- The Washington Times - Thursday, December 25, 2003

The nosedives of last year’s Super Bowl teams, Tampa Bay and Oakland, have made this seem like yet another incredibly unpredictable year in the NFL. Not so.

While only two of the AFC’s six playoff teams from 2002 — Indianapolis and Tennessee — are headed back to postseason. New England and Denver just missed out last year at 9-7, Kansas City was 8-8 and Baltimore (which leads the AFC North) was 7-9. Only if Cincinnati edges past the Ravens will there be a true Cinderella.

Philadelphia is the only NFC lock to return to the playoffs, but Green Bay might get back there, too. Almost everyone saw St. Louis’ 7-9 flop of 2002 as an aberration and Dallas improving under Bill Parcells, although not this quickly. Michael Vick’s injury ruined Atlanta’s season and opened the door for Carolina, which won four of its final five games to finish 2002 at 7-9. That was also last year’s record for Seattle, which won its last three. So the Cowboys, 5-11 in 2002, and NFC North leader Minnesota, which was 6-10, would be the conference’s only real postseason surprises.

Consider these facts: As expected, the AFC East is the NFL’s best division, the AFC North its worst and the AFC South its most divided (the Colts and Titans are both 11-4, while Jacksonville and Houston are both 5-10). The South, as expected, was the NFC’s most competitive division, while the North, like its AFC counterpart, will produce a champion almost by default.

Nine of the 12 playoff spots have been wrapped up, while only five teams are alive for the last spots. That’s a knock at the ever-hyped NFL parity.

Run, run, run — Led by Baltimore’s Jamal Lewis, who is 154 rushing yards from breaking the all-time season record, and Kansas City’s Priest Holmes, who is one rushing touchdown from setting the all-time season record, it has been a glorious season for NFL runners. There have been a record 145 games in which a back has gained 100 yards, including 15 of 175 yards, two shy of the all-time mark. Nine years ago, only 10 backs cracked the 1,000-yard barrier. With a week left this year, nine backs have already topped 1,300 yards.

And a nod to the New York Giants’ Brian Mitchell, who likely will play the final game of a 14-year career that has included records in eight categories, including 18,866 return yards and 13 return touchdowns. His 23,064 yards from scrimmage are second only to Jerry Rice.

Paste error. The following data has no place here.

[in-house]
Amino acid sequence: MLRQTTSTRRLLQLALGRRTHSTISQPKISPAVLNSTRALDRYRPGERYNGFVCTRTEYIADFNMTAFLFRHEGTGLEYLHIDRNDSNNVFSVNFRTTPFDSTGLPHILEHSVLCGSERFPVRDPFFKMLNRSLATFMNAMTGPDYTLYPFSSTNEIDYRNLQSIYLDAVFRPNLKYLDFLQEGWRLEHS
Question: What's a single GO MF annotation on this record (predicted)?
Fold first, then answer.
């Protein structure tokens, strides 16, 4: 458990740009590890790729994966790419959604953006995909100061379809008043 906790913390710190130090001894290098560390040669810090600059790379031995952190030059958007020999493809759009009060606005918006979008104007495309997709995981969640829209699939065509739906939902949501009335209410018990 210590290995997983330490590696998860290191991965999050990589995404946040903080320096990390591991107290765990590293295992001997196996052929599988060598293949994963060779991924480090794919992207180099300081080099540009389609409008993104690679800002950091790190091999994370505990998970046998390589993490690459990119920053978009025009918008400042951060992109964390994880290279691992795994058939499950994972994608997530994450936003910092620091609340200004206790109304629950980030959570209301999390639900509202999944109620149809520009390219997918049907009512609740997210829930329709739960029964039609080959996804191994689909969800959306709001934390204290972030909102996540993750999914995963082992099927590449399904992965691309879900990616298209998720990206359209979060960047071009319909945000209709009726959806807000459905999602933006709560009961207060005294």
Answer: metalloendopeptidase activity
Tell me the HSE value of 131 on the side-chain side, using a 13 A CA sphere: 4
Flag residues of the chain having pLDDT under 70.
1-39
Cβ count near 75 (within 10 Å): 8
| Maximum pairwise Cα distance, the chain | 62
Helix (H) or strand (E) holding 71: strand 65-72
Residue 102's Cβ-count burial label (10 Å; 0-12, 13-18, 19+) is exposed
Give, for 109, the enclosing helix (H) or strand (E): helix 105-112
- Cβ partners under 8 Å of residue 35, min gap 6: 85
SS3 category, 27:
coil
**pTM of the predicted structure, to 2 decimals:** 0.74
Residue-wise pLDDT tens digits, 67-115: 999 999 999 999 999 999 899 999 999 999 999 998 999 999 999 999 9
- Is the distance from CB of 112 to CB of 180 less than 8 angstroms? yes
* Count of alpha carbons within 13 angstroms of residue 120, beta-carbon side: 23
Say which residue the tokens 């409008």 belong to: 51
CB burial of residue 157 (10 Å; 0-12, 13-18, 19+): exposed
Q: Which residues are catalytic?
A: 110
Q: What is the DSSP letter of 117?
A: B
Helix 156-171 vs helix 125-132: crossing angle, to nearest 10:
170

Sore Bledsoe — Buffalo will finish below .500 for the second time in coach Gregg Williams’ three years. Williams (17-30) likely will be fired, partly because quarterback Drew Bledsoe had a weak year after a Buffalo debut in 2002 in which he set 10 franchise records. Bledsoe has passed for less than 200 yards in eight of 15 games, and with 2,777 so far, he will wind up with his fewest yards since his rookie season with New England. Bledsoe also has just 11 touchdowns, two fewer than his worst total in his 10 years as a starter.

“I’m so angry,” the 31-year-old Bledsoe said after Buffalo’s 20-3 loss to Miami on Sunday. “I didn’t see the season going this way. I’m trying to figure out what the answers are.”

Here are some: Bledsoe was hurt by the offseason trade of deep threat Peerless Price to Atlanta; the release of safety valve Larry Centers; and the injury-plagued season of receiver Eric Moulds. And don’t forget Bledsoe’s slump began in the second half of last year. He had 16 touchdowns, 2,500 yards and five interceptions at midseason 2002, then eight touchdowns, 1,859 yards and 10 interceptions the rest of the way.

Couldn’t you just kiss him? — Joe Namath may have embarrassed himself by asking ESPN’s Suzy Kolber for a kiss three times during a brief interview Saturday, but the Hall of Fame quarterback should be applauded for finally going back to get his degree 39 years after he left the University of Alabama two courses shy of graduation.

Namath, 60, was prodded by a golfing partner and by the fact that his daughter Jessica has begun looking at colleges. When she told her father that she would the first in the family to finish college, the man who guaranteed that the whopping underdog New York Jets would beat the Baltimore Colts in Super Bowl III replied, “You want to bet?”


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